Scotland's mythical Loch Ness Monster – so called since 1933 and gaining international fame soon after, is generally explained in sf as a surviving aquatic Dinosaur or dinosaur colony, as in William J Makin's "The Monster of the Loch" (20 January-3 March 1934 Pearson's Weekly) with Leslie Arliss (1901-1987); Leslie Charteris's Saint story "The Convenient Monster" (March 1959 The Saint Magazine); Lionel Fanthorpe's "The Loch Ness Terror" (January 1960 Supernatural Stories #38) as by Bron Fane, featuring plesiosaurs; Peter Dickinson's Emma Tupper's Diary (1971) – which for plot reasons shifts the scenario to a different loch; and David Langford's and John Grant's Earthdoom! (1987). Fred Hoyle and Geoffrey Hoyle offer an extraterrestrial explanation in "The Monster of Loch Ness" (in The Molecule Men and The Monster of Loch Ness, coll 1971; vt The Molecule Men 1972). In Susan Cooper's The Boggart and the Monster (1997), the creature is a Shapeshifter trapped in the traditional Loch Ness Monster form.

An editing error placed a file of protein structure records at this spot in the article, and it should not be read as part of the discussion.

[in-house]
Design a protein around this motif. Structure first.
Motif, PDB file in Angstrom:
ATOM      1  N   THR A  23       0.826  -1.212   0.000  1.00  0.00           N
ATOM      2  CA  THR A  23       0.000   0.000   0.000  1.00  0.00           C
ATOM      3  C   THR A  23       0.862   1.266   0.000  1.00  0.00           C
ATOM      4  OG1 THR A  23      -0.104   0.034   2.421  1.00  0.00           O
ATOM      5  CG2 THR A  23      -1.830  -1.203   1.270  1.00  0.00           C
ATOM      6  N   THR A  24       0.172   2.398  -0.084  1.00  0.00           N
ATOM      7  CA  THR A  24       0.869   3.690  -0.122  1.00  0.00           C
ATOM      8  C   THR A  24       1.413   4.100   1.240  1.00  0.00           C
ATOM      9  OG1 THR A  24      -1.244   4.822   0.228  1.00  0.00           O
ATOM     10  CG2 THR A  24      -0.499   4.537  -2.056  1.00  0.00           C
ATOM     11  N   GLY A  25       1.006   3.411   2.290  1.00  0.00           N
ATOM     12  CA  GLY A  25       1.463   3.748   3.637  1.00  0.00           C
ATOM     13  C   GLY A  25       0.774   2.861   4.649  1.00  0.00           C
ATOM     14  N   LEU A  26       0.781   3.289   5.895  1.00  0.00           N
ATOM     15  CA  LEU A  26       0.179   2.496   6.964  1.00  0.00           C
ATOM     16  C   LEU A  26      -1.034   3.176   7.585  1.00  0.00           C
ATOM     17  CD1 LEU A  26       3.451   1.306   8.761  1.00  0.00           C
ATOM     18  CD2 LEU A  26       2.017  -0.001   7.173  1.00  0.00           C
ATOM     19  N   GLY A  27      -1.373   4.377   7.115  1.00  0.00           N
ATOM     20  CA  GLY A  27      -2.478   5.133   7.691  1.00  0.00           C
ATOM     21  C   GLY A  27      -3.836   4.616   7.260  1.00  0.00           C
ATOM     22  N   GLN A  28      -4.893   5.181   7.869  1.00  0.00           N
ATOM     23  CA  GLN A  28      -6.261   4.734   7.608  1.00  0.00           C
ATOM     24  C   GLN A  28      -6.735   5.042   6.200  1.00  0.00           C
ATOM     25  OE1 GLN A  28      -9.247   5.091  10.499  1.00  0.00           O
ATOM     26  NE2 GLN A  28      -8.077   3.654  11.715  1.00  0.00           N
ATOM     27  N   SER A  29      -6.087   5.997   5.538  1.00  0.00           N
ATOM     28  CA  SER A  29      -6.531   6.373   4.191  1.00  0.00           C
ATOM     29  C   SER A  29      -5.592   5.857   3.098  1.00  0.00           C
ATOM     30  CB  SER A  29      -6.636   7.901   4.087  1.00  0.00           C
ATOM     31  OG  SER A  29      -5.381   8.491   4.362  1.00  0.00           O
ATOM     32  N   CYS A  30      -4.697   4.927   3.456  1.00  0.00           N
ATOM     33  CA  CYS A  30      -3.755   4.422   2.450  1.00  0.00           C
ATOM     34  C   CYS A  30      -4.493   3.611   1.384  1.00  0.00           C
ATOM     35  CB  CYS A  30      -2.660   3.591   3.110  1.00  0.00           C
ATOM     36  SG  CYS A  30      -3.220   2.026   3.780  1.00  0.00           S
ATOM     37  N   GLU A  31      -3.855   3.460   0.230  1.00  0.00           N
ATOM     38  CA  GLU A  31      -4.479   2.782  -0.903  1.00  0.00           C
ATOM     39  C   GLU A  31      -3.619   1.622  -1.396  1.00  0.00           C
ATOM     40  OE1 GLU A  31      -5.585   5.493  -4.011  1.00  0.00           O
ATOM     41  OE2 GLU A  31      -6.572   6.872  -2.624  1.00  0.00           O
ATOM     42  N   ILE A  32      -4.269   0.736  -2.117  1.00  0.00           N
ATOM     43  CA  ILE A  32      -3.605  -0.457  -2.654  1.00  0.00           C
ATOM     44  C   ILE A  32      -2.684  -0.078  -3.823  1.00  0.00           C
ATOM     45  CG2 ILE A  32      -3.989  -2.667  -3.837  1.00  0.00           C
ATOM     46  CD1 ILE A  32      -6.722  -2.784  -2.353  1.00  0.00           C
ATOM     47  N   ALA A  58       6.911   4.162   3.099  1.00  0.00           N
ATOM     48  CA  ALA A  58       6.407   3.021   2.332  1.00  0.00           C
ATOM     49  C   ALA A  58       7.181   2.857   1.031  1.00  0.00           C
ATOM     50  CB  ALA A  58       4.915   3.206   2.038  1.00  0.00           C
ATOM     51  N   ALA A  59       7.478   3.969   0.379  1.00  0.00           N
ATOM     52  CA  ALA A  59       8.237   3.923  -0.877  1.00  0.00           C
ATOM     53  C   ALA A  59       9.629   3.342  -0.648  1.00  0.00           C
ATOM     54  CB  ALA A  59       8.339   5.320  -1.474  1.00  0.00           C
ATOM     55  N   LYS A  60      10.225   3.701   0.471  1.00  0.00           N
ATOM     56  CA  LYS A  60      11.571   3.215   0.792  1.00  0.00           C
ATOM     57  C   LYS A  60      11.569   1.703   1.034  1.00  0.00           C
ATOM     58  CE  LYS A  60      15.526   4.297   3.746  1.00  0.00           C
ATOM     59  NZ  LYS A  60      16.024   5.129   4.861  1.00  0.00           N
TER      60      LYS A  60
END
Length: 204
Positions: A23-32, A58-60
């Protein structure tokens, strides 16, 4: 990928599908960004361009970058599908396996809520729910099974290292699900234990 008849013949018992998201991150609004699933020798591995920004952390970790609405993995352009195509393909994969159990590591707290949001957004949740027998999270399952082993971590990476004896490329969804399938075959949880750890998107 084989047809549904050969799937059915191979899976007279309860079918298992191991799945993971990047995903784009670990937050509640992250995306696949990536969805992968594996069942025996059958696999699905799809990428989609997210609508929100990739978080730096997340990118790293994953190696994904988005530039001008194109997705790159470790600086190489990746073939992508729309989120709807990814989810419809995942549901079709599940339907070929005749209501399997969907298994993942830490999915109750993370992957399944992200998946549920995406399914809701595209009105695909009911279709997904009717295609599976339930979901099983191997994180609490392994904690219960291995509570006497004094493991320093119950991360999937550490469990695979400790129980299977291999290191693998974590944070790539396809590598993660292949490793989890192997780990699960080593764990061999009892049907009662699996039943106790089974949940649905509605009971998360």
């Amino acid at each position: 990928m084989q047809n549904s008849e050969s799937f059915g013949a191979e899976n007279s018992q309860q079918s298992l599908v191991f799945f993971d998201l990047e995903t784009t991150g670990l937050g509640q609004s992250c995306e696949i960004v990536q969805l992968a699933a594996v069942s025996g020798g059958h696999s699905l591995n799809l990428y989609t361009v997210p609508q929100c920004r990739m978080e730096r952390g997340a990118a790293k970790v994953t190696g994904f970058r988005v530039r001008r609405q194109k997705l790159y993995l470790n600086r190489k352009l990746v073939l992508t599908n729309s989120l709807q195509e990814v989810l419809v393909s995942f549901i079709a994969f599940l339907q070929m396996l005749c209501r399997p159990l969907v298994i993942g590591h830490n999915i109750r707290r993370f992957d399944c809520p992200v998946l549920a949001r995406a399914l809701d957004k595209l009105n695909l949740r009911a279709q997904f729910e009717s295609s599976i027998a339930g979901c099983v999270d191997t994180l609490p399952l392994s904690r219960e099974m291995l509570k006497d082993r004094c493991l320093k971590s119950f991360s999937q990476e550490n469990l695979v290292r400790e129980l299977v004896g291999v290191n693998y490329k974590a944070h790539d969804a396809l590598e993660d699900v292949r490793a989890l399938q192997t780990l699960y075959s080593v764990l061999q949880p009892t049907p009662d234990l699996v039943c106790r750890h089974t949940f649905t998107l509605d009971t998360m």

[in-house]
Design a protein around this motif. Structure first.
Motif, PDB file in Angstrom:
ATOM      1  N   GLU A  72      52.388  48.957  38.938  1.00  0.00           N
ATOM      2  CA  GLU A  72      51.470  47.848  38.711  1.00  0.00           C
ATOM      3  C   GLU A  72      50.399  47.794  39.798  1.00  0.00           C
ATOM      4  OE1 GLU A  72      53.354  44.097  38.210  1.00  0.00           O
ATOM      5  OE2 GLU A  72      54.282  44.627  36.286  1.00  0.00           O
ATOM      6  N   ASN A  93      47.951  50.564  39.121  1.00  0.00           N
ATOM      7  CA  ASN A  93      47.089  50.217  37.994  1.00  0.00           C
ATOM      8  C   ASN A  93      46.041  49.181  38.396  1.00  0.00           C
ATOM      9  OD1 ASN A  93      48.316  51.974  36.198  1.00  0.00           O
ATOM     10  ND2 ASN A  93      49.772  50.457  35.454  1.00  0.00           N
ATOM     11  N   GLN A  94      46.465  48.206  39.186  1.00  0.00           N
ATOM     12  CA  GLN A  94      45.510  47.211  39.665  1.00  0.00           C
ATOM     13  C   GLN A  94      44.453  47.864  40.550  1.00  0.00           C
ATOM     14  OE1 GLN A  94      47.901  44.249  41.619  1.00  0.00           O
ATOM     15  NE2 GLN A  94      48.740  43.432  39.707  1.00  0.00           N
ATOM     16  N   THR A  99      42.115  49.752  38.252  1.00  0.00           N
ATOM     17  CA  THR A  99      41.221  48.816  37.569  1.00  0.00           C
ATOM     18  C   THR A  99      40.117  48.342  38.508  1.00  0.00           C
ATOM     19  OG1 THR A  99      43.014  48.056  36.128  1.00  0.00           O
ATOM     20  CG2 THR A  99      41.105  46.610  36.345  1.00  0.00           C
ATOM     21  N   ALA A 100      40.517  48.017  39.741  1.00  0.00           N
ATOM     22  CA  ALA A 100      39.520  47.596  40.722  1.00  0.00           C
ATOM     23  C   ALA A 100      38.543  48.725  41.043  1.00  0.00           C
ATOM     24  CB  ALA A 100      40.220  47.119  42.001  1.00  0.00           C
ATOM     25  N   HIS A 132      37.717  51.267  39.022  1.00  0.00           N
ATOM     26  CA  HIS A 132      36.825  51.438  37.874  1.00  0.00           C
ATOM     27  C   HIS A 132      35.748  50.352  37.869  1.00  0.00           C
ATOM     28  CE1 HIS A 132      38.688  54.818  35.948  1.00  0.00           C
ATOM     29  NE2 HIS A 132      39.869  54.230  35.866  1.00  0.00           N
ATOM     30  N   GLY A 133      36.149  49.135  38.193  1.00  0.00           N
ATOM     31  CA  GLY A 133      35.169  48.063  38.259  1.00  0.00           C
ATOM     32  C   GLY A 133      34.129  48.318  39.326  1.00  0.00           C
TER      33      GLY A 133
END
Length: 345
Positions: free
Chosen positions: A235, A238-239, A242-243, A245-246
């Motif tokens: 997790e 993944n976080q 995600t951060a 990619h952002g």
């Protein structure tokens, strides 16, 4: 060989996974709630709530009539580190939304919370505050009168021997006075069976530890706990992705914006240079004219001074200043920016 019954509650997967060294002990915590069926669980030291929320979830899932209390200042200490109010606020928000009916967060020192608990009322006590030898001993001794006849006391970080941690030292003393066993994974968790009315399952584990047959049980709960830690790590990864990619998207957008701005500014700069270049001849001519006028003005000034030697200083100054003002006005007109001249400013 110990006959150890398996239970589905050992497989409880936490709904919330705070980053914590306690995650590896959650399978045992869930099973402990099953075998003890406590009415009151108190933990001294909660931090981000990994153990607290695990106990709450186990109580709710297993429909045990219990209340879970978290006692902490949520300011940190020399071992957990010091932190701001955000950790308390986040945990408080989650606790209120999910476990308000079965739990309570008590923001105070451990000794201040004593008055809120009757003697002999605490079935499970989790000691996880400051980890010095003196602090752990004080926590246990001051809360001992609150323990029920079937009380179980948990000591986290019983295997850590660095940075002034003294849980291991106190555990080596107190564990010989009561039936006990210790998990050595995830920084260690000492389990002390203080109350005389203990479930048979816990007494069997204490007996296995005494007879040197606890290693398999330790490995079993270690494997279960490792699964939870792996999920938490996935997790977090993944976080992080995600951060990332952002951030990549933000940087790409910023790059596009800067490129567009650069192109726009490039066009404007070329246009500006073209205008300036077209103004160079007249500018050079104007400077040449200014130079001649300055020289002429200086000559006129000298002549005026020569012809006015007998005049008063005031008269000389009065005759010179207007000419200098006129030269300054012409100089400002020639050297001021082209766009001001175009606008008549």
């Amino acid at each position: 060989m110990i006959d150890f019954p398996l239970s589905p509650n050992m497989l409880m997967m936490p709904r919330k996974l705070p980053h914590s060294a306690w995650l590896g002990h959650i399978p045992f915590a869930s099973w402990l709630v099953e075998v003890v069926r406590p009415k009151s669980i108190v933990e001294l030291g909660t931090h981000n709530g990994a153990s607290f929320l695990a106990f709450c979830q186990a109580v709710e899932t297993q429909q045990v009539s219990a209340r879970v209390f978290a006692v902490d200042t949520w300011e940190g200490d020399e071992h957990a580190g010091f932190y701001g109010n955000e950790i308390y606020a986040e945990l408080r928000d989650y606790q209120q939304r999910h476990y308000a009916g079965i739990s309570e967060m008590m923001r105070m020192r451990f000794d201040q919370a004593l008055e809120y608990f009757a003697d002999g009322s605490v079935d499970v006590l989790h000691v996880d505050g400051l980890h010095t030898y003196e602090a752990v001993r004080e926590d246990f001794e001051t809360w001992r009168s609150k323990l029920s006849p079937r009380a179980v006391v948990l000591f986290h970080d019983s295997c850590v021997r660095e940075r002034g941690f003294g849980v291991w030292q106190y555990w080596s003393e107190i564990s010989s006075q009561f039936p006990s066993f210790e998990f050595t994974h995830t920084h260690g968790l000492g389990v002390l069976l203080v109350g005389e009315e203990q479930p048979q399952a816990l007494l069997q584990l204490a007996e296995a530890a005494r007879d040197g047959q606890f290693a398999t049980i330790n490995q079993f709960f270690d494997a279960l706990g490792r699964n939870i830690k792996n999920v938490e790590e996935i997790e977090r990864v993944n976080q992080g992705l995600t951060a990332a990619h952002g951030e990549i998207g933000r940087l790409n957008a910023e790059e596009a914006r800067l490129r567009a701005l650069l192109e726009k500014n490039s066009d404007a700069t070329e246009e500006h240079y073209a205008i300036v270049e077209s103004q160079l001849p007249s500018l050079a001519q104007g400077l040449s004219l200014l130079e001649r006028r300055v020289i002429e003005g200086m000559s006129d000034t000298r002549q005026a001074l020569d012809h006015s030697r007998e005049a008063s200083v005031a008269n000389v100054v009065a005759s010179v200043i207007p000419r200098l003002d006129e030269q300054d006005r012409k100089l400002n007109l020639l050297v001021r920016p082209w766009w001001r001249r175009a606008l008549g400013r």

Cinema treatments began very early with The Secret of the Loch (1934); 7 Faces of Dr Lao features the monster as a tiny fish in a bowl which swells into a full-scale sea serpent when exposed to the air. In Television, the Doctor Who sequence "Terror of the Zygons" (1975 4 parts), novelized by Terrance Dicks as Doctor Who and the Loch Ness Monster (1976), the monster – though conventionally saurian in aspect – is a hunter-killer Cyborg imported by the Alien Zygons. The monster features in the Futurama film Bender's Big Score (2007) as an inanimate fake – a log with a mask attached to it.
A troglodyte Lost Race inhabits the lake in Janet Caird's The Loch (1968). Greg Bear explains the monster in fantasy terms as an ancient metamorphosed humanoid in The Serpent Mage (1986). [DRL]
see also: J M Morgan.
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